We also have to dispute Drum’s notion that a tax hike of 5-6% of GDP isn’t “wildly oppressive,” an argument much akin to the initial flash-point of this debate, his assertion that tax levels of 25 percent “just isn’t that much.” While such throw-away editorializing may work on a blog, in reality, such tax hikes would dramatically increase tax burdens for the average American.

Since World War II, the traditional demarcation line given the emergence of the modern welfare state, government revenues have hovered just around 18 percent of GDP. Much to liberal’s chagrin, even with the continuation of the Bush-era tax cuts, the United States will collect about 18 percent of GDP as the economy recovers.

So the problem is not revenues have suddenly plummeted, it’s that government spending will dramatically spike. While NTU firmly believes that we mustn’t the burden of Washington’s largesse on the backs of taxpayers and should instead find ways to curb the growth in government spending, liberals like Drum believe we should raise taxes to 25 percent of GDP. They phrase their planned tax hike smartly, saying revenues need to go up by 7 percent of GDP. But this obfuscates the reality for the average taxpayer. Using an 18 percent baseline, a 7 percent GDP increase, would mean that everyone’s taxes would have to go up by around 40 percent. And that huge revenue grab doesn’t buy us anything new, it’s solely to maintain entitlements as they are presently structured!

This online debate may go on forever. Drum even admits that “a lot of our disagreement is simply irreconcilable.” But let’s hope our representatives in Washington are not so ideologically stubborn. Let’s hope they don’t believe a 40 percent across the board tax hike “just isn’t that much.” Because it is that much. It would mean a fundamentally different life for the average American.  

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New Deficit Working Group from a Taxpayer Perspective
Posted By:  - 04/20/11

Republican Congressional leaders have announced their appointees to the President's new deficit reduction working group.  The group, chaired by Vice President Joe Biden, is supposed to consist of 16 members.  It doesn't look like the group will end up being that large, however.  For those Members of Congress who have been appointed, how do they look from a taxpayer perspective?  The table below looks at the group, as currently announced, and their latest scores from NTU's Rating of Congress. 

Meetings are supposed to start on May 5th.

 

The President's New Deficit Group from a Taxpayer Perspective

Member
NTU Rates Congress Score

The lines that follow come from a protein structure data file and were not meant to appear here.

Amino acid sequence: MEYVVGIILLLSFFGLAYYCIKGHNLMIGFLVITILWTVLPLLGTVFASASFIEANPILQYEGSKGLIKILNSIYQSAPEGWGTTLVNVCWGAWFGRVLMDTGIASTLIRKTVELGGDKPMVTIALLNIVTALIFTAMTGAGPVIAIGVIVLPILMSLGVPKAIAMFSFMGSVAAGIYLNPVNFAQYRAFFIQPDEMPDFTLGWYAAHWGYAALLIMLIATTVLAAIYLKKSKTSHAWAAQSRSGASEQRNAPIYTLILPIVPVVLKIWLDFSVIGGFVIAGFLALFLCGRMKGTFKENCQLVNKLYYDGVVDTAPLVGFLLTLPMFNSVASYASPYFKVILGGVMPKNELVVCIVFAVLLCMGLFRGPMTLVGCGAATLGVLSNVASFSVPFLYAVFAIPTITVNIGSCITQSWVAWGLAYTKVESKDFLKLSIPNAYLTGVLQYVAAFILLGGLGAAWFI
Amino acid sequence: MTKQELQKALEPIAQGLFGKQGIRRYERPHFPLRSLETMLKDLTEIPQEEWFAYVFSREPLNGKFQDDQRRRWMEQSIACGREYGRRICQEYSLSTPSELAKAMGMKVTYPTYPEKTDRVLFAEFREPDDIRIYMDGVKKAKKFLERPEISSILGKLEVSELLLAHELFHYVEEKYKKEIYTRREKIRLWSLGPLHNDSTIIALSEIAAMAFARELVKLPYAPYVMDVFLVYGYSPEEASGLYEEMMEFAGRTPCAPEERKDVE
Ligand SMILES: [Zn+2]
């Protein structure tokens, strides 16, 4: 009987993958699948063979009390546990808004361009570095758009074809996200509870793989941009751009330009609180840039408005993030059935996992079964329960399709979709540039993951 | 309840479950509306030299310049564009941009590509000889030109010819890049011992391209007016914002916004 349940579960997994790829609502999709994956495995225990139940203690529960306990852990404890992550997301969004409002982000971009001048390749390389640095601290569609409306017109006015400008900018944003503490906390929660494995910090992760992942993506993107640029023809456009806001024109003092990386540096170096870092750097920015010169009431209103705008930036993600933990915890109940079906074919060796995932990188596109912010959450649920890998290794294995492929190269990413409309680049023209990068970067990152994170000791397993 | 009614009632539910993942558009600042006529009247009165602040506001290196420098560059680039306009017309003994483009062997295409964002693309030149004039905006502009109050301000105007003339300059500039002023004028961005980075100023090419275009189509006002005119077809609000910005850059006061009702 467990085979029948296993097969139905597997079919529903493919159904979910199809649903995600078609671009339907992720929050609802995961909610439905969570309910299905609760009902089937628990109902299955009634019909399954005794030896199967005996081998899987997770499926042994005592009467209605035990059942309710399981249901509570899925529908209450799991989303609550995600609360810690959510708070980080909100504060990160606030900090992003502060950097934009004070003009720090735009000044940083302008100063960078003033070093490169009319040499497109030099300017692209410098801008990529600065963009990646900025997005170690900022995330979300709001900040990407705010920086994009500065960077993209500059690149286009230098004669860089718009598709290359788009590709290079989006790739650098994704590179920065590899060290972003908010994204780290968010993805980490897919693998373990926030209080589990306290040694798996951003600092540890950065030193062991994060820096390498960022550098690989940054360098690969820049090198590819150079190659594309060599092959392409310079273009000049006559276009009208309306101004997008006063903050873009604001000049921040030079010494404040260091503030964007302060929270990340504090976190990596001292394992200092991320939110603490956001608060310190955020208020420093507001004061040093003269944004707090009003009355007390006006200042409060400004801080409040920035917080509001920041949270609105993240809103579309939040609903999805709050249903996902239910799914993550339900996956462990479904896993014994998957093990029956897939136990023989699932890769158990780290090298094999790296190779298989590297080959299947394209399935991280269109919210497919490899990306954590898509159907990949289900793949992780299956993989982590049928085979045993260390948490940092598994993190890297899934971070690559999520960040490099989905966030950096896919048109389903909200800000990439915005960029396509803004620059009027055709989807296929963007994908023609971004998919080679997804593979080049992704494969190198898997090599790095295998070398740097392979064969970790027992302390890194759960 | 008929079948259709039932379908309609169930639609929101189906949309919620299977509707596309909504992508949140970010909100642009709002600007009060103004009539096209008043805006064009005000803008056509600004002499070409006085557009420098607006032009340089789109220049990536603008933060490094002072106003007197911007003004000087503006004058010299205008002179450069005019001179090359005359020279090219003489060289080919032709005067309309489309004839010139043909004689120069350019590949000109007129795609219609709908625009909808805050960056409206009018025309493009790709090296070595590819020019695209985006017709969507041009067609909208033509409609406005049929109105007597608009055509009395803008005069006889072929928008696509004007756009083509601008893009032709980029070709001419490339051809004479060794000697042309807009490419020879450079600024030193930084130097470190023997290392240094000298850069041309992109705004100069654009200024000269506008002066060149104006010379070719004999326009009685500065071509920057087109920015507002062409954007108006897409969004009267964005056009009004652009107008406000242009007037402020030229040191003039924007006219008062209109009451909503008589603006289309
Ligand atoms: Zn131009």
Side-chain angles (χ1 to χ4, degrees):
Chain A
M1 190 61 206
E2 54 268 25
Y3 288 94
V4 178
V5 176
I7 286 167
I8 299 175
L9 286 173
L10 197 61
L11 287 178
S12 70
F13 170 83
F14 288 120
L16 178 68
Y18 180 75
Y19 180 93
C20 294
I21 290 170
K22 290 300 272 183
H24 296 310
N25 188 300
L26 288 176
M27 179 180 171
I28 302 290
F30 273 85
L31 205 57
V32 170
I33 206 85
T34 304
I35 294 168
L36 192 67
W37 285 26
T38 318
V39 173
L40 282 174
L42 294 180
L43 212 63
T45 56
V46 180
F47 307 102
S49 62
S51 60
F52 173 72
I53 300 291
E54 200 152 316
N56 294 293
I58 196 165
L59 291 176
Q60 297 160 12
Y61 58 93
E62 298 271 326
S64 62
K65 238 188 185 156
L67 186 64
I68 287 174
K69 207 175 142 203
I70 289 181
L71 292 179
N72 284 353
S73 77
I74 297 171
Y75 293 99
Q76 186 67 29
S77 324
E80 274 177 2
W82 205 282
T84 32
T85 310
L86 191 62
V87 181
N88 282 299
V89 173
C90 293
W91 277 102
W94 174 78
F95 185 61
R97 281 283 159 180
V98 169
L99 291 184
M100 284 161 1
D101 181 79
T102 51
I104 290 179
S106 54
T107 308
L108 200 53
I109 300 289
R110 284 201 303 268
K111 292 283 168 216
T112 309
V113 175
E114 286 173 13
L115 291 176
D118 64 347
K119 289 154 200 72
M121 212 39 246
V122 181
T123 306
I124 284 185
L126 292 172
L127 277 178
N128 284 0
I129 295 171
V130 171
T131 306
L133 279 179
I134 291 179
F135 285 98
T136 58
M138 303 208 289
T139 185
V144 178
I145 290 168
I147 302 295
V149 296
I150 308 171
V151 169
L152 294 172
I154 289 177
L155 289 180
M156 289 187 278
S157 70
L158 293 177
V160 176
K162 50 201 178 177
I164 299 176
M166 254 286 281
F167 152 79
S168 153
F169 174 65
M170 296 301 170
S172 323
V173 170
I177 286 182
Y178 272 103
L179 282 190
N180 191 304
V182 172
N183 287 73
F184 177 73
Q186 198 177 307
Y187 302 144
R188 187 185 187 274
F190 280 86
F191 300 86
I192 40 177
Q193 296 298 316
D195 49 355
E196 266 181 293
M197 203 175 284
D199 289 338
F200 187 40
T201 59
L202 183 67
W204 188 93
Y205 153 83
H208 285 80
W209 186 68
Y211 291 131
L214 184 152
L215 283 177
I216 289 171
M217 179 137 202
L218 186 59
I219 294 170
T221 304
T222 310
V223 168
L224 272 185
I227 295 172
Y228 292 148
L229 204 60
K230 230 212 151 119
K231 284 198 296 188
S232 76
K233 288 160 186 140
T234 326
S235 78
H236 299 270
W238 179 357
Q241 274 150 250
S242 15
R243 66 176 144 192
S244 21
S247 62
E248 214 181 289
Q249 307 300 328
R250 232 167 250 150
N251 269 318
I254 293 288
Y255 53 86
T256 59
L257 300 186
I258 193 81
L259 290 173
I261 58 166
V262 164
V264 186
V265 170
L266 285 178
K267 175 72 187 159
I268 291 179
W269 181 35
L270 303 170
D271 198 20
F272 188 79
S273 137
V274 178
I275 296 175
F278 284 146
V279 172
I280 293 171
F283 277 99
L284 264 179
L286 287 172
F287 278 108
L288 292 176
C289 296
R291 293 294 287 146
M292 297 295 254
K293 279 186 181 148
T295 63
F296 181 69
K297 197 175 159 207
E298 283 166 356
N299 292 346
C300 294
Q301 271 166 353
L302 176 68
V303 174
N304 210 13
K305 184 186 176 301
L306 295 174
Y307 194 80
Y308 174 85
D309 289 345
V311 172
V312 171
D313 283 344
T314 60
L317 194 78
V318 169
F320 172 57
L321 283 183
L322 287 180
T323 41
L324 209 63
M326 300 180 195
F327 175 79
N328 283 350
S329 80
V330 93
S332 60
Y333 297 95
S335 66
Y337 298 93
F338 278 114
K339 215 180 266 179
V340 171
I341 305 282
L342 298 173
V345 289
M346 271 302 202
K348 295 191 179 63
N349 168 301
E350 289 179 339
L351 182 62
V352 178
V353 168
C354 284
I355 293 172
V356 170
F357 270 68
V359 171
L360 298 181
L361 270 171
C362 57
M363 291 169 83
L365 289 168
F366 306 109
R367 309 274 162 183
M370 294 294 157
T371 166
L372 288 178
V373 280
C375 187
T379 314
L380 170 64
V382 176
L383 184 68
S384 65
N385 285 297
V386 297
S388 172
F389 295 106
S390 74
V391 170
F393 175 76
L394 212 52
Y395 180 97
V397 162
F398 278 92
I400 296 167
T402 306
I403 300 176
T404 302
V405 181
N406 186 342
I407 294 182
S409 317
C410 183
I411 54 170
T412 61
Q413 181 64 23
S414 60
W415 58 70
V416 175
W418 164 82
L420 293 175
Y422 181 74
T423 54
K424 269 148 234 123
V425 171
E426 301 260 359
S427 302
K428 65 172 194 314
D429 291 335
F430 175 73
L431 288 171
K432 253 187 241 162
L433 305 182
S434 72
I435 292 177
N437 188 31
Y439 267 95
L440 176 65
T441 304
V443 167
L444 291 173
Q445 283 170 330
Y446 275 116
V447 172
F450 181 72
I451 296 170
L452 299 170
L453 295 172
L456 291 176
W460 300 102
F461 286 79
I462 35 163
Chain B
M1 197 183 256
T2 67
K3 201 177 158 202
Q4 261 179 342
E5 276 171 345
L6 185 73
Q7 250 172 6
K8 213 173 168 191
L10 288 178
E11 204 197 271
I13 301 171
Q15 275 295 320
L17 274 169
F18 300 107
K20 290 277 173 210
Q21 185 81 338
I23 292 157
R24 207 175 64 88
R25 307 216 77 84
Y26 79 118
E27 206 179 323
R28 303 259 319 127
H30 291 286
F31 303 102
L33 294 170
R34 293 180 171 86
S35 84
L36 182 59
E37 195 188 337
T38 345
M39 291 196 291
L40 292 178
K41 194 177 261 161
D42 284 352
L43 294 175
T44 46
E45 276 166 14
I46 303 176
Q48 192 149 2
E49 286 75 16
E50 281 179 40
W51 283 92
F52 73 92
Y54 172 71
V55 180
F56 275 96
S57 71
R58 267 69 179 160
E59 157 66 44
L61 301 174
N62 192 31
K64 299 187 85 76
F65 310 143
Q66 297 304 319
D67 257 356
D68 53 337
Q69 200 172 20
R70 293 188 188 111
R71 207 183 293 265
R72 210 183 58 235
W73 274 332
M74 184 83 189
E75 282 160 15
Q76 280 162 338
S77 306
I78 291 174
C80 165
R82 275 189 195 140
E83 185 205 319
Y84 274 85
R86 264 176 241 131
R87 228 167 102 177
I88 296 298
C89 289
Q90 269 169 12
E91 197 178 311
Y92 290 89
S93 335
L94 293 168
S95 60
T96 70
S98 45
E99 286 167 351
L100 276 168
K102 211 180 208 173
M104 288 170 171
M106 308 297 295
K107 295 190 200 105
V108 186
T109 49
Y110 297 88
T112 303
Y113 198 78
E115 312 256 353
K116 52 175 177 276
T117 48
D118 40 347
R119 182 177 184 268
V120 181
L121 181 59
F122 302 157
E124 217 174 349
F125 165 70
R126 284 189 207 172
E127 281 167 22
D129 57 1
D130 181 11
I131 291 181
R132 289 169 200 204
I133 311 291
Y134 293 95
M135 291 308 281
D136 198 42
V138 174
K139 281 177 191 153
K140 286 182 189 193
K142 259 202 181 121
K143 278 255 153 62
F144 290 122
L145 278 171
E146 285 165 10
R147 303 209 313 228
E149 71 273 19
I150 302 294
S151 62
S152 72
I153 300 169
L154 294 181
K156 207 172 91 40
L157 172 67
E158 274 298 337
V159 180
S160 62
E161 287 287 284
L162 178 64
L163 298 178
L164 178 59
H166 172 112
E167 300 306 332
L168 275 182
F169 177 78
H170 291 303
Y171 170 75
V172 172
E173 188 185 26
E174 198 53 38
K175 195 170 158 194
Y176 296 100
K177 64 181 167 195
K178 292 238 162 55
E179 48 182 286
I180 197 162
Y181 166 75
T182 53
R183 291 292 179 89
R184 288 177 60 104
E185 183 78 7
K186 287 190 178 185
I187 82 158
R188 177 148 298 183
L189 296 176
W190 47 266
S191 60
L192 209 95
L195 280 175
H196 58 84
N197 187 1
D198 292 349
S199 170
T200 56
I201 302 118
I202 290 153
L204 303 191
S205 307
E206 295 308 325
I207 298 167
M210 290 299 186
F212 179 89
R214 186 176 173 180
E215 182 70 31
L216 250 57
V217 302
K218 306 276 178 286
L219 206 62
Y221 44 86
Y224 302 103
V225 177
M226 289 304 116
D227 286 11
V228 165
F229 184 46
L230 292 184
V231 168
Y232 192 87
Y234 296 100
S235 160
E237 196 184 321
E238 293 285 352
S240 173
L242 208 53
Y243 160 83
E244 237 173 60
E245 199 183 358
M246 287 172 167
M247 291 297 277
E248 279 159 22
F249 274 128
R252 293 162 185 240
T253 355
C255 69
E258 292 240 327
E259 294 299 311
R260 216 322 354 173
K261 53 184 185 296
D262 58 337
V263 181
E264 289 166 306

Chairman  
   Vice President Joe Biden
F*
Democrats
 
   Representative James Clyburn (SC)
   Representative Chris Van Hollen (MD)
   Senator Max Baucus (MT)
   Senator Daniel Inouye (HI)
Republicans
   Representative Eric Cantor (VA)
   Senator Jon Kyl (AZ)


* NTU Rates Congress data for all group members is from 2010 (111th Congress, 2nd Session) except for Vice Preisdent Biden. His last score in NTU Rates Congress was in 2008.

Fore more information about NTU's Rating of Congress, visit our Ratings page.

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Happy Tax Day 2011
Posted By:  - 04/18/11

Happy Tax Day!

 

In case you hadn't heard, the Tax Code is becoming more complex.  According to NTU's annual report on tax complexity, "the complexity of the Tax Code costs individual taxpayers $115.4 billion, thanks to the time burden and expenses of software, preparer fees, and other materials. The total time burden, including corporate filings, is 7.64 billion hours at a cost of $227.1 billion."  One reason for this rise in complexity is Congress's insertion on an additional 52,000 words into the code since last year.

While tax complexity is up, the outlook on U.S. government debt appears to be down.  According to Reuters, "Standard & Poor's slapped a negative outlook on the top-notch credit rating of the United States on Monday."

Feel like doing something about it?  Support NTU's efforts to end the Tax Code and advance a pro-taxpayer agenda that cuts spending, ensures fiscal responsibility, and is pro-economic growth.  Why not become a supporter todayTurn Tax Day into something positive!

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Tax Day Got You Down? Beef Up Your Spirits With Ayn Rand
Posted By: Dan Barrett - 04/14/11

Tomorrow, Americans will mark the day we dread: Tax Day. Traditionally on April 15th, the IRS extended the day where citizens are to submit their personal income tax forms and checks to April 18th. That doesn’t seem to make things any easier or any less unfair. Americans will spend millions of hours complying with the 44,000 pages and almost entirely incomprehensible system.